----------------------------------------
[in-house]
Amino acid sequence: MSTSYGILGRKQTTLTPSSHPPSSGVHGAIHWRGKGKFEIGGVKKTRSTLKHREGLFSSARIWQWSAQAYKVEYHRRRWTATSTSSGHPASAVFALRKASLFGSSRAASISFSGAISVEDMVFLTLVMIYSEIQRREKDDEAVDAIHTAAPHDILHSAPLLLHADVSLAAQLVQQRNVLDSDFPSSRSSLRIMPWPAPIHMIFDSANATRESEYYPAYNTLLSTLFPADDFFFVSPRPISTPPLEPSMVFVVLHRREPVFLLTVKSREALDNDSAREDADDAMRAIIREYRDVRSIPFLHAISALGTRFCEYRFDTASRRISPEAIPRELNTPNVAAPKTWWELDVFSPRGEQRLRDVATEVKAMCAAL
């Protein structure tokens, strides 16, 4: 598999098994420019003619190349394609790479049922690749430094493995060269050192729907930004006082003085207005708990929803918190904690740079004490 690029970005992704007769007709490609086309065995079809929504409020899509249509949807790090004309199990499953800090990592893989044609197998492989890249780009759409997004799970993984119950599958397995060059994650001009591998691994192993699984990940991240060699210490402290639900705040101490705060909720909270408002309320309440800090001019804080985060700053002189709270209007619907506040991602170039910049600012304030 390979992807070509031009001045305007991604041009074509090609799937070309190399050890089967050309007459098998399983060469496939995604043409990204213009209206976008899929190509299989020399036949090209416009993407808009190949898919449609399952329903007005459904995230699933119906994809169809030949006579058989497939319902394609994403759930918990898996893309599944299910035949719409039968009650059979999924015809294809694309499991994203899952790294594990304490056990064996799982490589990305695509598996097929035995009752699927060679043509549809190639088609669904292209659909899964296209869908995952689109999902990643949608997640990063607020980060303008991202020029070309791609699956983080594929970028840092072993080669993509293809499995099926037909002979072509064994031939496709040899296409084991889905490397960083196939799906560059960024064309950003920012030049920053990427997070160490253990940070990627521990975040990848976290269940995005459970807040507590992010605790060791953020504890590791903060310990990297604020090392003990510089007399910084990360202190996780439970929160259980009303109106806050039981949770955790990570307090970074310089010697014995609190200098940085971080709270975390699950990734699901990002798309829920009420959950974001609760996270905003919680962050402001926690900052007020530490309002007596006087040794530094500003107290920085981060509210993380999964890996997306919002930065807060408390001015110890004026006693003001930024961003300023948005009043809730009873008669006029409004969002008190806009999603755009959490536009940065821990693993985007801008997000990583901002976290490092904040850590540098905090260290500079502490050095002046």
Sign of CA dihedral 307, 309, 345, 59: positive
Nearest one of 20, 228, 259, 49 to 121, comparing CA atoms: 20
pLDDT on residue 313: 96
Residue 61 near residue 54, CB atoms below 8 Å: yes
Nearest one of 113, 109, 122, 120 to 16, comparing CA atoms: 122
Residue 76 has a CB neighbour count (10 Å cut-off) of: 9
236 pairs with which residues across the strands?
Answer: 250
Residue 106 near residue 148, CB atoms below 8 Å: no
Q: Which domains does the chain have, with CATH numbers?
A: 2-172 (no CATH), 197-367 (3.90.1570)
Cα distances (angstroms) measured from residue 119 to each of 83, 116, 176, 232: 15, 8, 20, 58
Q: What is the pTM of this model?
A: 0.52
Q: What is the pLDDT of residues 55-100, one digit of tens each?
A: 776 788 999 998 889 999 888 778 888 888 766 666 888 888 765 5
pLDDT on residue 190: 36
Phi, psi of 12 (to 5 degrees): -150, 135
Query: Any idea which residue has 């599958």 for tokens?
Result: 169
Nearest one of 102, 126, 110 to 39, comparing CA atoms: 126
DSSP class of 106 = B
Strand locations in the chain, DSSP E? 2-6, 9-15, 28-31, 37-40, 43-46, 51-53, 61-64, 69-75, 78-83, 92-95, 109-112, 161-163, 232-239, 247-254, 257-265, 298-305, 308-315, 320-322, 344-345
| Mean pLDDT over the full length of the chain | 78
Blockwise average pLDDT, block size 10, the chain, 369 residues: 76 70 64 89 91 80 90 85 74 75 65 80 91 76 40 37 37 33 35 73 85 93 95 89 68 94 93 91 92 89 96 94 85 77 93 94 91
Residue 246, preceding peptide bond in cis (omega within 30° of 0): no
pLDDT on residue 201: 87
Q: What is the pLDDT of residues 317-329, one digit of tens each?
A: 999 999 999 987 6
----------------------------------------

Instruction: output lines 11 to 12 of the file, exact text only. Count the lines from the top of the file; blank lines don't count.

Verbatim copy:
Answer: 250
Residue 106 near residue 148, CB atoms below 8 Å: no